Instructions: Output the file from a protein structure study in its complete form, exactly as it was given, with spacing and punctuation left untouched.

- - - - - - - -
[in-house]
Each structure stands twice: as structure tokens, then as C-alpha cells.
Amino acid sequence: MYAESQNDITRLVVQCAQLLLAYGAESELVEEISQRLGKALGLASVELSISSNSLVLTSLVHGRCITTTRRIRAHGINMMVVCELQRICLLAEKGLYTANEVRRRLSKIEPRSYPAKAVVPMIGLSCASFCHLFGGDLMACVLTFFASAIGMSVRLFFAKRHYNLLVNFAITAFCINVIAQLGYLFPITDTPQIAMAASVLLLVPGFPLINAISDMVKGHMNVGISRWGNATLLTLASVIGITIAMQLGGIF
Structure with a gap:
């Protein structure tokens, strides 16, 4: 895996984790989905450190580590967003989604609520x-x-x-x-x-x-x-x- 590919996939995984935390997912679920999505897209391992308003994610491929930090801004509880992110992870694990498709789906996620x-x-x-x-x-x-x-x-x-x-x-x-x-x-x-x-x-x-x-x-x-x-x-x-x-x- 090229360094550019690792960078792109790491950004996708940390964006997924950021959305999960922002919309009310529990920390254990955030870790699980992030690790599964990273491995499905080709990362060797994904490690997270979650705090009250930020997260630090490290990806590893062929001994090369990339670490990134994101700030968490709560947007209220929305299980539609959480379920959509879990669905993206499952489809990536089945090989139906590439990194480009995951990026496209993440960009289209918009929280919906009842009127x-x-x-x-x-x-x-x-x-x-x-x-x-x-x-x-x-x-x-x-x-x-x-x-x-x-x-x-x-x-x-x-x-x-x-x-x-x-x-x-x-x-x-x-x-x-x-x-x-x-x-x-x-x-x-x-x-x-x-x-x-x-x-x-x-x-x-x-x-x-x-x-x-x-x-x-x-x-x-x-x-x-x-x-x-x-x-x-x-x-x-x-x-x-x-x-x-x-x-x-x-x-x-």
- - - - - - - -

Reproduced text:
[in-house]
Each structure stands twice: as structure tokens, then as C-alpha cells.
Amino acid sequence: MYAESQNDITRLVVQCAQLLLAYGAESELVEEISQRLGKALGLASVELSISSNSLVLTSLVHGRCITTTRRIRAHGINMMVVCELQRICLLAEKGLYTANEVRRRLSKIEPRSYPAKAVVPMIGLSCASFCHLFGGDLMACVLTFFASAIGMSVRLFFAKRHYNLLVNFAITAFCINVIAQLGYLFPITDTPQIAMAASVLLLVPGFPLINAISDMVKGHMNVGISRWGNATLLTLASVIGITIAMQLGGIF
Structure with a gap:
């Protein structure tokens, strides 16, 4: 895996984790989905450190580590967003989604609520x-x-x-x-x-x-x-x- 590919996939995984935390997912679920999505897209391992308003994610491929930090801004509880992110992870694990498709789906996620x-x-x-x-x-x-x-x-x-x-x-x-x-x-x-x-x-x-x-x-x-x-x-x-x-x- 090229360094550019690792960078792109790491950004996708940390964006997924950021959305999960922002919309009310529990920390254990955030870790699980992030690790599964990273491995499905080709990362060797994904490690997270979650705090009250930020997260630090490290990806590893062929001994090369990339670490990134994101700030968490709560947007209220929305299980539609959480379920959509879990669905993206499952489809990536089945090989139906590439990194480009995951990026496209993440960009289209918009929280919906009842009127x-x-x-x-x-x-x-x-x-x-x-x-x-x-x-x-x-x-x-x-x-x-x-x-x-x-x-x-x-x-x-x-x-x-x-x-x-x-x-x-x-x-x-x-x-x-x-x-x-x-x-x-x-x-x-x-x-x-x-x-x-x-x-x-x-x-x-x-x-x-x-x-x-x-x-x-x-x-x-x-x-x-x-x-x-x-x-x-x-x-x-x-x-x-x-x-x-x-x-x-x-x-x-």